Source: ICAA

 

VANCOUVER, BC (June 25, 2014)--At a June 26 expert consultation on "The Silver Economy: Facts, Challenges and Opportunities" in Oxford, England, International Council on Active Aging (ICAA) CEO Colin Milner will stress to attendees that building the foundation for new social contracts by promoting positive views of aging is crucial to addressing the challenges and opportunities of population aging. Milner was invited to present and participate in this gathering of global experts on aging organized by the Organisation for Economic Co-operation and Development, the Global Coalition on Aging and Oxford University's Harris Manchester College.

 

"Increased life expectancy is one of the most significant success stories of our times, and there are calls for the creation of new models to address this demographic shift," says Milner. "Yet the very success of these new models, and their ability to have an impact, can be compromised by developing and delivering them within a societal framework that views aging negatively."

 

Moving beyond today's models "requires us to view aging through a new lens," Milner comments--"one in which society sees older people as active, full members of society and encourages them to play a more productive, meaningful role. For individuals to adopt this role, society must support the belief that age is just a number and that abilities and contributions do not cease at the age of retirement." A positive self-perception of aging contributes to older adults leading an engaged, productive life in their later years. A negative self-perception, on the other hand, can limit individuals as well as impede their health and well-being.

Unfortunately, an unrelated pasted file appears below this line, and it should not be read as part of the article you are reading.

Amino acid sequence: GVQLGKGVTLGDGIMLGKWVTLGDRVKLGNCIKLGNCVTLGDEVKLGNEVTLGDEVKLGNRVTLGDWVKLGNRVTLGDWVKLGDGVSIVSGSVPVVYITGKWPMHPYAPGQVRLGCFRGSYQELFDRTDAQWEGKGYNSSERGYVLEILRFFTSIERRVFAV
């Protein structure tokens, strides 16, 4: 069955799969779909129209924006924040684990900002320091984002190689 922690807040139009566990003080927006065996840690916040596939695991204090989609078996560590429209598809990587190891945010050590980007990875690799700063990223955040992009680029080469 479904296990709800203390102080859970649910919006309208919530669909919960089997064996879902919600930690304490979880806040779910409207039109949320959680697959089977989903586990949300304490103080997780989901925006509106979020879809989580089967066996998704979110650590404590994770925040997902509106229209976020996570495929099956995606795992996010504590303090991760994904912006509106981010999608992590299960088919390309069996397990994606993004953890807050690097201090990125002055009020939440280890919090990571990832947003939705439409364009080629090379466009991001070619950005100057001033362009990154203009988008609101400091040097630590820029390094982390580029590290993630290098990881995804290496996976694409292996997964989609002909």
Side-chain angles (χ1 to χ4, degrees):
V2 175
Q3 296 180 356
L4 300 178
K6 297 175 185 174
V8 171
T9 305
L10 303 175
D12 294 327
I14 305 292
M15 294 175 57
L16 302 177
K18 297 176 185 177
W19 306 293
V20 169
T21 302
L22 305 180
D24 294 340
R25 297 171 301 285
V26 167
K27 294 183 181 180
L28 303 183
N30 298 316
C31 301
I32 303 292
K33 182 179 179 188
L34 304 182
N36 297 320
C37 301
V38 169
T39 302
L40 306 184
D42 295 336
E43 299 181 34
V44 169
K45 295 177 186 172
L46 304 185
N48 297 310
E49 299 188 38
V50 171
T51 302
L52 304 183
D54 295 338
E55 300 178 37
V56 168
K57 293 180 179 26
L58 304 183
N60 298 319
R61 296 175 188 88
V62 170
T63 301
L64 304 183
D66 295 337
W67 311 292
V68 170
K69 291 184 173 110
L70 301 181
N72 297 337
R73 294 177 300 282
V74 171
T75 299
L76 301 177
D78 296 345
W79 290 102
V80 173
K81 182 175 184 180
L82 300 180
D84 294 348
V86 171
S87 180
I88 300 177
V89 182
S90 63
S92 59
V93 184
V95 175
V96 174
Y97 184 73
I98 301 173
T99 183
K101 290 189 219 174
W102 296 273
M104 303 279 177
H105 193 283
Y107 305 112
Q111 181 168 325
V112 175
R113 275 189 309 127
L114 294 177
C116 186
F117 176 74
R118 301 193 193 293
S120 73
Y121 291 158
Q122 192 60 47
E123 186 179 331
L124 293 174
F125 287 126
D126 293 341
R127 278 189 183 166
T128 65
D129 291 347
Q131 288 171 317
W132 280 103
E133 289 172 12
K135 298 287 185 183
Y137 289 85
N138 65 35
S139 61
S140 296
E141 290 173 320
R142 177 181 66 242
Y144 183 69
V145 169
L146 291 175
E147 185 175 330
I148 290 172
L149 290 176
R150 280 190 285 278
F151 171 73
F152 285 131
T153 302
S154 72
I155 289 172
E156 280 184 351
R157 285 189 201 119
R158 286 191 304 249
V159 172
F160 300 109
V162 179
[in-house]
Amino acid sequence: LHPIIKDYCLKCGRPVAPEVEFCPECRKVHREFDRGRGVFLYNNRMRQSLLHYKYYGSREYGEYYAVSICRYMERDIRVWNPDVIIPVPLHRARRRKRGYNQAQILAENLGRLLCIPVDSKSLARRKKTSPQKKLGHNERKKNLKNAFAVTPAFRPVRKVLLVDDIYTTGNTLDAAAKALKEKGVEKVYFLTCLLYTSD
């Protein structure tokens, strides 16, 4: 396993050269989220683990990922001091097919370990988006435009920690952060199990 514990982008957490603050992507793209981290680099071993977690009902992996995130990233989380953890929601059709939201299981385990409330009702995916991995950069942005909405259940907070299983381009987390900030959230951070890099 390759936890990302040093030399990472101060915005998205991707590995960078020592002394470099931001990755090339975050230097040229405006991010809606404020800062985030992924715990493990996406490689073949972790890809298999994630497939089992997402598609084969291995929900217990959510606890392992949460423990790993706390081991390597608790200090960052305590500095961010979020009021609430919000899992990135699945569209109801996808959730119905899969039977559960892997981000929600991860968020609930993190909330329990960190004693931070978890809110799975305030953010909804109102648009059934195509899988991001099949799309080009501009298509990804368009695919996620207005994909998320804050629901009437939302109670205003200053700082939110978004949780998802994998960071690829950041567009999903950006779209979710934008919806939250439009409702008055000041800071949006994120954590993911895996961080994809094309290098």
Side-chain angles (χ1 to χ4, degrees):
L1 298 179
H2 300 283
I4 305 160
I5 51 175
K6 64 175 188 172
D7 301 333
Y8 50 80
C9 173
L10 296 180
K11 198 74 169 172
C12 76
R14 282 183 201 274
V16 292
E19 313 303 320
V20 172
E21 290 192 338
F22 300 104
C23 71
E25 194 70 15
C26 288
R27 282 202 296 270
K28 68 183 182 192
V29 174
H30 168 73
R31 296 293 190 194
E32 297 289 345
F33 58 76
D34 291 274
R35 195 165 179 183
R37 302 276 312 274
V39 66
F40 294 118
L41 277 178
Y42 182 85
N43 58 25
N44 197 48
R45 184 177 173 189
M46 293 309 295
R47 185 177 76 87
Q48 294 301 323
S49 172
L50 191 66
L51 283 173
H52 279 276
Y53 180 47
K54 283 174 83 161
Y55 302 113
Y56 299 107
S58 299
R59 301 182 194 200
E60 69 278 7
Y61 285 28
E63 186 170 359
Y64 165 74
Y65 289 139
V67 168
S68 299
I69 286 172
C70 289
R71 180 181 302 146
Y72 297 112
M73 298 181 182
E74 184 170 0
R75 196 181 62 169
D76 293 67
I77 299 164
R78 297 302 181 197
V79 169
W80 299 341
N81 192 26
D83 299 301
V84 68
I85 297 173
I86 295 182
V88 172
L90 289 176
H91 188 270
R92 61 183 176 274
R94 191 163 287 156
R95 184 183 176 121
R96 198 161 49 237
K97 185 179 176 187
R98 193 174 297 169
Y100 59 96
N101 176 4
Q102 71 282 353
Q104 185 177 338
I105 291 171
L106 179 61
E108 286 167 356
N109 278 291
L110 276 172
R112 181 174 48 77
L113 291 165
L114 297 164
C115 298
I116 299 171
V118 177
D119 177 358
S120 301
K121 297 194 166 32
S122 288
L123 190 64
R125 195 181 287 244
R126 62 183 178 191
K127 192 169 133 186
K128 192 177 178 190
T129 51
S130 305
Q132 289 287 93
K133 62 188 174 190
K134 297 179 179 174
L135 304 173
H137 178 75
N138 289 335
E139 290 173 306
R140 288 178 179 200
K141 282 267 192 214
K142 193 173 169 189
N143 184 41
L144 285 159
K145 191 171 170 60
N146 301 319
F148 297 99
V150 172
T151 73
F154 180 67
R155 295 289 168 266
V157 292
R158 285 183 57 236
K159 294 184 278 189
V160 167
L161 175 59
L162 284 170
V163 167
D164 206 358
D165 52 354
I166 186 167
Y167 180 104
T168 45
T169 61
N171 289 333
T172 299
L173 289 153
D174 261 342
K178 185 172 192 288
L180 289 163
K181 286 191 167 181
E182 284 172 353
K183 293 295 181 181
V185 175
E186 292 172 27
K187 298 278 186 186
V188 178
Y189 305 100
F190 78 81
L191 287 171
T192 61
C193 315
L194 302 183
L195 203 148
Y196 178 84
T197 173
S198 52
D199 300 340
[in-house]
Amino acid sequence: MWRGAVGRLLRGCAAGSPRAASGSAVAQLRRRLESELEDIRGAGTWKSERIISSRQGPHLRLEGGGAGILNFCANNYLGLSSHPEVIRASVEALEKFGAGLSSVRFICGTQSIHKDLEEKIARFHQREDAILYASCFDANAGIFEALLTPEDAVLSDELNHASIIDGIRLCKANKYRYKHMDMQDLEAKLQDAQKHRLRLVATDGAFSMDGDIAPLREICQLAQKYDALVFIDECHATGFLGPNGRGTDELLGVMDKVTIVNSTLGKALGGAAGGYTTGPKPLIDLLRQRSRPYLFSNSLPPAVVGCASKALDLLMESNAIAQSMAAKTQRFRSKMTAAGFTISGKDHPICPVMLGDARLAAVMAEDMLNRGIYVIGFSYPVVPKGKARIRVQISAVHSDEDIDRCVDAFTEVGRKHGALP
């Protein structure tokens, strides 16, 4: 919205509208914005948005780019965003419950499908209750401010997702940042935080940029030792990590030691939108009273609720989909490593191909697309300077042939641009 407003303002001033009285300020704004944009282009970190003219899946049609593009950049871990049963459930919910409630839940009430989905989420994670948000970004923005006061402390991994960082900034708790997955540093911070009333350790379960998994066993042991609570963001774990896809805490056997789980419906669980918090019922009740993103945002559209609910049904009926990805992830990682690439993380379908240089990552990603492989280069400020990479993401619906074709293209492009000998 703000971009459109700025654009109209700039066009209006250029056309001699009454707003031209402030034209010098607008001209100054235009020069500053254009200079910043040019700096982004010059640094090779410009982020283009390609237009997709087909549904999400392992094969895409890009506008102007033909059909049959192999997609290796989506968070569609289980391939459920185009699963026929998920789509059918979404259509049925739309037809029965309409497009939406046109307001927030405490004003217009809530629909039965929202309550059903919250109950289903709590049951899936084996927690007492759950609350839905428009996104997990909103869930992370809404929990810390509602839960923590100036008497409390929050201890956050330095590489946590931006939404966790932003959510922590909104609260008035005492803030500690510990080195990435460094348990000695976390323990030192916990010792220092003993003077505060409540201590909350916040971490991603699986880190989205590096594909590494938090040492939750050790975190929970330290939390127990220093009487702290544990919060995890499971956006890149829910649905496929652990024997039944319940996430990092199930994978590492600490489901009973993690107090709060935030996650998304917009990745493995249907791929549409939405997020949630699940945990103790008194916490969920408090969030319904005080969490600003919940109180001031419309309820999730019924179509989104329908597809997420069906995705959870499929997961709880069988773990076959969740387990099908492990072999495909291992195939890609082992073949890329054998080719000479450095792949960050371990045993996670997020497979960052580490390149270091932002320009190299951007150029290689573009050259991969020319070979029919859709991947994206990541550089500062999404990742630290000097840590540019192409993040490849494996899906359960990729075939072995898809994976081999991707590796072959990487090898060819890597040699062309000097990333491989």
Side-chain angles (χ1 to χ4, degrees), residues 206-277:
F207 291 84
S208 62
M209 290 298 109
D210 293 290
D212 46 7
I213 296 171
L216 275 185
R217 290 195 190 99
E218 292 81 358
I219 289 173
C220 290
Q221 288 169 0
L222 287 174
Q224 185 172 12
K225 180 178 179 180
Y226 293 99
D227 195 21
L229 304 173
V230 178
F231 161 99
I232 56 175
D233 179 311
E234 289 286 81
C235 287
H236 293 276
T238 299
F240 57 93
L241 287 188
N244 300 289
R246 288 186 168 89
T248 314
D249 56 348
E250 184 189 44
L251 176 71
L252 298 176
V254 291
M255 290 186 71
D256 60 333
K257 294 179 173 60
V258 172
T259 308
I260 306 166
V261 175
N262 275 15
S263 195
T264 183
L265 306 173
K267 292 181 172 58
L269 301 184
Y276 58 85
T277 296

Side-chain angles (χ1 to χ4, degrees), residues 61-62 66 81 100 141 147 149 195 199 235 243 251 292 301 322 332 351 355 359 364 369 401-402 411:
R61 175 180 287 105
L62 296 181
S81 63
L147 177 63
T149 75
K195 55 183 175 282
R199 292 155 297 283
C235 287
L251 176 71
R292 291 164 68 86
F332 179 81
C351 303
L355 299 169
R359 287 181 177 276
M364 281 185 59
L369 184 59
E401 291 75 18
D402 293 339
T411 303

"By encouraging older adults to recognize their potential and be active in society, we can bridge the perceived generation gap and reinforce for all generations what it means to grow old today," Milner continues. "When older adults' abilities and contributions are promoted, new social contracts will emerge that encourage and recognize a more cohesive, inclusive society."

 

Active aging is a key solution for many of the challenges associated with population aging, according to Milner. It is also a life span opportunity to ensure that future generations age well, adds ICAA's CEO, who was asked to present at the expert consultation on how the association and its members are changing the way society perceives aging in North America. The meeting organizers are seeking lessons learned from ICAA's experiences to inform OECD's 34 member countries and assist them in developing best practices.

 

About the International Council on Active Aging (ICAA) 
The International Council on Active Aging® is the professional association that leads, connects and defines the active-aging industry. ICAA supports professionals who develop wellness facilities, programs and services for adults over 50. The association is focused on active aging--an approach to aging that helps older adults live as fully as possible within all dimensions of wellness (i.e., physical, social, environmental, vocational, intellectual, emotional and spiritual)--and provides its members with education, information, resources and tools.

 

As an active-aging educator and advocate, ICAA has advised numerous organizations and governmental bodies, including the US Administration on Aging, the National Institute on Aging (one of the US National Institutes of Health), the US Department of Health and Human Services, Canada's Special Senate Committee on Aging, the European Commission, and the British Columbia ministries of Health, and Healthy Living and Sport.

 

ICAA launched the Changing the Way We Age® Campaign (http://www.changingthewayweage.com) as part of the organization's efforts to promote positive perceptions of aging and overturn ageist stereotypes.

 

For questions:

Contact: Colin Milner, CEO, ICAA
Toll-free: 1-866-335-9777 (North America)
Telephone: 604-734-4466; cell: 604-763-4595
colinmilner@icaa.cc

www.icaa.cc